As I mentioned in my previous blog post, there are Three Rights that are considered important in my book, when you are seeking a mate.
The first, Right Time, was discussed.
Now I'm going to shed light on the second, Right Attitude.
Right attitude refers to staying positive, keeping an open mind, and being approachable.
You give off vibes you might not even be aware of.
If your tendency is to walk into a room, anxiously size up the crowd, and decide in no time that it's not for you, your attitude could use some adjustment. How can you really tell that quickly if there is no one you would connect with?
If you are sincerely open-minded, you will give someone the opportunity to show his or her true self through in-depth conversation. Only then can you attempt to reach some level of conclusion. You certainly can't judge someone just based on looks.
You might also find that Mr. or Ms. Right Mensch does not present him or herself at the onset. If you are at a social function, the person could be the quiet, shy one standing in a corner, not entirely confortable with the scene. You might have had times when you felt like that.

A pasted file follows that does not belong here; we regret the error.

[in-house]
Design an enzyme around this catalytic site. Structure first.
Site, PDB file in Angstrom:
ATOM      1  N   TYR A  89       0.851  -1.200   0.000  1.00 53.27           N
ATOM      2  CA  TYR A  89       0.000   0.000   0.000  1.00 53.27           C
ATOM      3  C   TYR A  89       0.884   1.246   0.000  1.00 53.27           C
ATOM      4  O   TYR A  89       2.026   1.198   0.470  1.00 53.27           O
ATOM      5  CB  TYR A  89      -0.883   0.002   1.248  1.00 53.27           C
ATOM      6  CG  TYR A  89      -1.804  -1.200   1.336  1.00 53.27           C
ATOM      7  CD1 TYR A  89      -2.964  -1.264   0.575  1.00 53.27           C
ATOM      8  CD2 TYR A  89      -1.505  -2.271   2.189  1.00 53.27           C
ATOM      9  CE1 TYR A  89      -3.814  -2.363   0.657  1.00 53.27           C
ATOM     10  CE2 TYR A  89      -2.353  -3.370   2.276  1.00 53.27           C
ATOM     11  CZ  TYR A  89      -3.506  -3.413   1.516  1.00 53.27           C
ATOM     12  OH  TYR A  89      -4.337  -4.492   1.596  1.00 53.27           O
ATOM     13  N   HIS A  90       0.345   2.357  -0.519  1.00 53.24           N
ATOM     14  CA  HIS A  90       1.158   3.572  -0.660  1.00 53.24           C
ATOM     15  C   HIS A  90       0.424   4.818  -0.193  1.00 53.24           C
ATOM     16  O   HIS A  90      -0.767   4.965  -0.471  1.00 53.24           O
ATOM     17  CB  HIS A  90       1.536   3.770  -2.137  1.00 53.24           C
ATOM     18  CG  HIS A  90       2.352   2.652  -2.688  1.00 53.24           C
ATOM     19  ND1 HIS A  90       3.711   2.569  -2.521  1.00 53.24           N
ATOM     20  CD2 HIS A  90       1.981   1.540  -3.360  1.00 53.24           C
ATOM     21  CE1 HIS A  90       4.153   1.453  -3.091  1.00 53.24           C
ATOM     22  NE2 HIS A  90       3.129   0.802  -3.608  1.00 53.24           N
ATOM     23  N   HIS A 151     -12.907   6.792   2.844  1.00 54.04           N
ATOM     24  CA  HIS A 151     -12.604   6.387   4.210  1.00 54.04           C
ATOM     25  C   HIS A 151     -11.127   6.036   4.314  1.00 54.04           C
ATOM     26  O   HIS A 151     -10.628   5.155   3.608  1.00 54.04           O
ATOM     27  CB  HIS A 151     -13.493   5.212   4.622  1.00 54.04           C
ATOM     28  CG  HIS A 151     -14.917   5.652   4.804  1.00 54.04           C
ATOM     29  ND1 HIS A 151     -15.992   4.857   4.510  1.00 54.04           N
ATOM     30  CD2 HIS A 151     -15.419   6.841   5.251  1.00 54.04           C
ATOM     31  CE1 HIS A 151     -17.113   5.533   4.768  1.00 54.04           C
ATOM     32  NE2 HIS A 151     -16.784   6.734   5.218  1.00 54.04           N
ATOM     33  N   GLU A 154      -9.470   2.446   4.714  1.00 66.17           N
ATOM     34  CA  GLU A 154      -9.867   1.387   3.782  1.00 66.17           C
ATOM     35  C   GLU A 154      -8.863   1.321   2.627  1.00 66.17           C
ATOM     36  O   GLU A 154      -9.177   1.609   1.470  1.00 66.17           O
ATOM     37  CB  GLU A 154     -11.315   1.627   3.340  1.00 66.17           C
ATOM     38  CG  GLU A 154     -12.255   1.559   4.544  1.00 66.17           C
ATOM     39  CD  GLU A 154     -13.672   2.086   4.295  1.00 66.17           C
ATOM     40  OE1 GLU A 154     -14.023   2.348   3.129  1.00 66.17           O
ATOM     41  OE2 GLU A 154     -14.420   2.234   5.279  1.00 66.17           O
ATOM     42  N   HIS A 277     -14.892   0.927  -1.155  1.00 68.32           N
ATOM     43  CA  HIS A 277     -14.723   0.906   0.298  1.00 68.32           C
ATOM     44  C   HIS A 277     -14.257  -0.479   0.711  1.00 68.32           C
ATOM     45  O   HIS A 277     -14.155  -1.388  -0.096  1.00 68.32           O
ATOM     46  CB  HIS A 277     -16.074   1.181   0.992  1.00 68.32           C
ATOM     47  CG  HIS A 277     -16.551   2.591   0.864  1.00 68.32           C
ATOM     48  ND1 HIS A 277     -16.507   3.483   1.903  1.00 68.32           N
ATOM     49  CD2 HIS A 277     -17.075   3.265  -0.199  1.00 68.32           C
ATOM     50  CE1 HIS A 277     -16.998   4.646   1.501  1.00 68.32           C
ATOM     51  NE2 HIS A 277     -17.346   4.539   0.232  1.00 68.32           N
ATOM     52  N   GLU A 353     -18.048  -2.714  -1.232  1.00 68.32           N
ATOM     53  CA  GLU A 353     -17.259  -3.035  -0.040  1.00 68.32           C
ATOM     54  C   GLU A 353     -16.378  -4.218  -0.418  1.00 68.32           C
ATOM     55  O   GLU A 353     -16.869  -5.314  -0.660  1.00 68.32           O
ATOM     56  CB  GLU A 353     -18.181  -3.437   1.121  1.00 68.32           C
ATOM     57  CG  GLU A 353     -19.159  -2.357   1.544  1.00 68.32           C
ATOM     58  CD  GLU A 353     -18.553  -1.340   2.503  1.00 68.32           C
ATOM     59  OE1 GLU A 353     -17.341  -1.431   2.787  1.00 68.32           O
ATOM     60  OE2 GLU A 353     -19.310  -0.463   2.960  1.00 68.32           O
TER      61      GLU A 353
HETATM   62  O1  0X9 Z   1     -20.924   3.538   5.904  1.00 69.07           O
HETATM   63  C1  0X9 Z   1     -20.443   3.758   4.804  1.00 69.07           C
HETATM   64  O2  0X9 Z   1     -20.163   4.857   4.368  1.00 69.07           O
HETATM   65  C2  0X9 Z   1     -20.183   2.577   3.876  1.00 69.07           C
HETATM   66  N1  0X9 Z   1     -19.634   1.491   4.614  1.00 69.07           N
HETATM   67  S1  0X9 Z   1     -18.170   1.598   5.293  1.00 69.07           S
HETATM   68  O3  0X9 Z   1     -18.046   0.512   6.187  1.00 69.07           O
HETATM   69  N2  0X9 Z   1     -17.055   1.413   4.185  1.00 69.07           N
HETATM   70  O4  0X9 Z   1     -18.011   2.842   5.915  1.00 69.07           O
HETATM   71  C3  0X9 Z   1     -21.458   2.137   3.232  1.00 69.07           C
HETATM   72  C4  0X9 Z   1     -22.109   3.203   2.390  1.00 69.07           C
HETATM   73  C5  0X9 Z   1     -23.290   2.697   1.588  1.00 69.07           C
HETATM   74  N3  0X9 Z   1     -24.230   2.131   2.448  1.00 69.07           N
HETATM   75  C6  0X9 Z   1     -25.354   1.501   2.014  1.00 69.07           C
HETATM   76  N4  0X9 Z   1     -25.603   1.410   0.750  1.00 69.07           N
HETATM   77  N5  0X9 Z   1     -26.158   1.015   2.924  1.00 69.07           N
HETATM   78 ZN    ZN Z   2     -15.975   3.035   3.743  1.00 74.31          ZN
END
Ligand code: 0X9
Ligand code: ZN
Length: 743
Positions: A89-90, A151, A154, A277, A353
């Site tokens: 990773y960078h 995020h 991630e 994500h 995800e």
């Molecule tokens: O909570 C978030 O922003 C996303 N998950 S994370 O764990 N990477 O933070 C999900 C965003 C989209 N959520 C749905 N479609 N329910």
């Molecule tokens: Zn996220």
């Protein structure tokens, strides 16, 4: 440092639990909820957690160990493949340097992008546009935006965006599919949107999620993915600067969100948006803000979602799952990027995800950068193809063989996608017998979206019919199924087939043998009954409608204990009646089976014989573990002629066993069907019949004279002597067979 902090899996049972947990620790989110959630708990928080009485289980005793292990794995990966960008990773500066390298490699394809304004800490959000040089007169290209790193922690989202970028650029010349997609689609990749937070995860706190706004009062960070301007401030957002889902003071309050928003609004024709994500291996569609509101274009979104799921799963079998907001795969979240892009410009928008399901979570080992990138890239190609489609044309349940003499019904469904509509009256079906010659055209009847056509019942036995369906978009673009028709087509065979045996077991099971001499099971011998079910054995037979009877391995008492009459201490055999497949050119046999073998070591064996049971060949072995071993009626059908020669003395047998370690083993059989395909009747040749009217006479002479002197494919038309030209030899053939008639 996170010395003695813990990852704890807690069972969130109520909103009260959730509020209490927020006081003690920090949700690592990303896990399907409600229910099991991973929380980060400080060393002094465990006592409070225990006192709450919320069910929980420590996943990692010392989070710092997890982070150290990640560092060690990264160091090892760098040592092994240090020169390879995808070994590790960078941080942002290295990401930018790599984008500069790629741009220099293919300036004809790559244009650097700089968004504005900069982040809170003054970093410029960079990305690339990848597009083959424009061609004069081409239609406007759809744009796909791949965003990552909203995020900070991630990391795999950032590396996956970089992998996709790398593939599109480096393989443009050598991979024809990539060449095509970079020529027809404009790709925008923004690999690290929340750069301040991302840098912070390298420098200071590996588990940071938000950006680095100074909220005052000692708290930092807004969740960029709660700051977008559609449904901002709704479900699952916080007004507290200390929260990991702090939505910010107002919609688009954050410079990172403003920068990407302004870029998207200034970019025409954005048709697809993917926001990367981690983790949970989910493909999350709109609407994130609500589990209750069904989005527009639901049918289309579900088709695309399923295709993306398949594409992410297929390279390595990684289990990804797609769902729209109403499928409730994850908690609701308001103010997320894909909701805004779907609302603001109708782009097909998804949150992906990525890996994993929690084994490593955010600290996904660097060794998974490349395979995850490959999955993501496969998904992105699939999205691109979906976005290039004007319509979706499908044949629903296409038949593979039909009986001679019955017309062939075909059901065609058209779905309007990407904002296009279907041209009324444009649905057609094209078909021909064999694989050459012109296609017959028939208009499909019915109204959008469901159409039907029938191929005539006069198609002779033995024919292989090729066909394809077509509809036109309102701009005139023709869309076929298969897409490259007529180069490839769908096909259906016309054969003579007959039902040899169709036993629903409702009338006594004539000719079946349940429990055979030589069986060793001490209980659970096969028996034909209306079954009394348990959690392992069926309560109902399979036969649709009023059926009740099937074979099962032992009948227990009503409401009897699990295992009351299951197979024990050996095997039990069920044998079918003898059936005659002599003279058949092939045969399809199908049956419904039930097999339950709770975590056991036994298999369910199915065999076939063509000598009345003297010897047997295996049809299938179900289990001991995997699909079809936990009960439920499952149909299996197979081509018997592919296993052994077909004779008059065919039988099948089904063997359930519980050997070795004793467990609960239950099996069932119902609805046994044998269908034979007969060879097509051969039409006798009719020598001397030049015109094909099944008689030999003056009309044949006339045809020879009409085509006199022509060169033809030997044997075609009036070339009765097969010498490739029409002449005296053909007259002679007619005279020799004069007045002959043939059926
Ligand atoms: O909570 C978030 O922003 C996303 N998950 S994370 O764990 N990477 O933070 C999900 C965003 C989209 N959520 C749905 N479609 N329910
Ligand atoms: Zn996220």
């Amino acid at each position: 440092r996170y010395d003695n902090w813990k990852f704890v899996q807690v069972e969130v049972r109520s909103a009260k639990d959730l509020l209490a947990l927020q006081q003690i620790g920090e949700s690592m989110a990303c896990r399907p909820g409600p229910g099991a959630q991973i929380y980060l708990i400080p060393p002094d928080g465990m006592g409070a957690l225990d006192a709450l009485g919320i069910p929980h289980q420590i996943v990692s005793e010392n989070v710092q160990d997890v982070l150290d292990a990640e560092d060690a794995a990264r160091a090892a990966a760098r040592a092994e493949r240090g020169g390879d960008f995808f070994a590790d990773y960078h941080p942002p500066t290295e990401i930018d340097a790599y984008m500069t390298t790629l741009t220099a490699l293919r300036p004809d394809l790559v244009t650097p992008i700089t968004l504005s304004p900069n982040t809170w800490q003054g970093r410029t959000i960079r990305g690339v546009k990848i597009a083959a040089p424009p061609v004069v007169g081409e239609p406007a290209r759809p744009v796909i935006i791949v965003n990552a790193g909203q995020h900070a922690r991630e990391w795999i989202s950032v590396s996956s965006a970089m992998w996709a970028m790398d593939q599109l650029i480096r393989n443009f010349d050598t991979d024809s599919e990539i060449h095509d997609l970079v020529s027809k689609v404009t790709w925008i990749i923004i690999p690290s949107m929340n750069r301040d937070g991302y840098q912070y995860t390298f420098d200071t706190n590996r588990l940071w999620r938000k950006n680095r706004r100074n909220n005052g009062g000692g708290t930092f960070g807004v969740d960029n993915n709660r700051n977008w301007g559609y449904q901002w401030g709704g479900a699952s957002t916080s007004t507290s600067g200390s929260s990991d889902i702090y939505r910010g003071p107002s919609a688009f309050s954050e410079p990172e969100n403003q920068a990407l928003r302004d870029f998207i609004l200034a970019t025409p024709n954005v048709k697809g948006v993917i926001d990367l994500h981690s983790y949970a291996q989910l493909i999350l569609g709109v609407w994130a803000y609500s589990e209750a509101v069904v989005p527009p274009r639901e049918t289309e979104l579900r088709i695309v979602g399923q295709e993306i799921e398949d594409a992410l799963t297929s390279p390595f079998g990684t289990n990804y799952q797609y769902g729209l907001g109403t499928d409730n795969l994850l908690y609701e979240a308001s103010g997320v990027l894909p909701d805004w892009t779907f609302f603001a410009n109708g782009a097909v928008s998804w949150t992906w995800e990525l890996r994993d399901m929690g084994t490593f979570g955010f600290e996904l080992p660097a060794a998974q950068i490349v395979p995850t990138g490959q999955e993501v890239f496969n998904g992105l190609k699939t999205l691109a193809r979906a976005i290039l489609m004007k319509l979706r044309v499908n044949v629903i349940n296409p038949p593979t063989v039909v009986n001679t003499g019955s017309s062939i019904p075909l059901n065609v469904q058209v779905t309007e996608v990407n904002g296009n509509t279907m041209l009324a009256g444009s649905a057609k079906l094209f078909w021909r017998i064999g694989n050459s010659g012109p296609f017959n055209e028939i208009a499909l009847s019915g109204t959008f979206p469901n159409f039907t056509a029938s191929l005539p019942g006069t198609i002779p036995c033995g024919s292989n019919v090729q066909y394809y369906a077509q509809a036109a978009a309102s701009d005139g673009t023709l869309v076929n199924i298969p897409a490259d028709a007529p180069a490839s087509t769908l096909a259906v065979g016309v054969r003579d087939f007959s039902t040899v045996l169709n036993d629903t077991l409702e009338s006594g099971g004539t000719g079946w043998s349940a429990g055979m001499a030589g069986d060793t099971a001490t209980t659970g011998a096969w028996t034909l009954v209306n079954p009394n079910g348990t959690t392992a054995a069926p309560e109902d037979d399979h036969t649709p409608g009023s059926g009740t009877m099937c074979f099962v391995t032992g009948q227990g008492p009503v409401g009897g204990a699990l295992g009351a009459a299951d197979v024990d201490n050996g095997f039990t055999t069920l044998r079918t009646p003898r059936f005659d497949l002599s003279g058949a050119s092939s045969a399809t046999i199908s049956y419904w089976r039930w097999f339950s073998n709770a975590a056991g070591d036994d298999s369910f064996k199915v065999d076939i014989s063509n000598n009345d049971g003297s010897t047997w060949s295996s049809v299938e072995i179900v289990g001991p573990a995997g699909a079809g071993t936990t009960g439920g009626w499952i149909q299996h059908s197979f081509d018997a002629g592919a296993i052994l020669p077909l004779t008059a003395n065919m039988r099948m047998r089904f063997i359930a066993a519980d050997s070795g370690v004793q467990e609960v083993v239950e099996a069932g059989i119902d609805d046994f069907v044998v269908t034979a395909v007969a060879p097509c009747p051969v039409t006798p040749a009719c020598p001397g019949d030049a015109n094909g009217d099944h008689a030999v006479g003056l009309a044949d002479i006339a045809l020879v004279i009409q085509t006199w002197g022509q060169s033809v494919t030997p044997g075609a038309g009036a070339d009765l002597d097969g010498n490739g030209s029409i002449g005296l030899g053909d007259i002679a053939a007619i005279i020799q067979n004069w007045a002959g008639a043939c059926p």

You can potentially boost his or her confidence by coming across with a positive attitude and initiating a conversation.
I once spoke at a Jewish singles function held at a popular synagogue in Manhattan. I had brought along three single girlfriends at the time who were hoping to meet someone. While they listened to my speech, as soon as I was done, they bolted out the door. They were so eager to get home that they didn't make an attempt to speak with anyone. And, I was approached by a bunch of attractive guys afterwards who had questions to ask. I scanned the room in an attempt to find my friends and connect them with the guys, but they were already out the front door.
I later told them that I thought they had lost out and that they didn't have the right attitude.
It's not enough to put yourself in a social environment. An optimistic attitude has to come with you. Then, at least you'll know you made a concerted socializing effort and didn't just show up, regardless of the outcome of the event.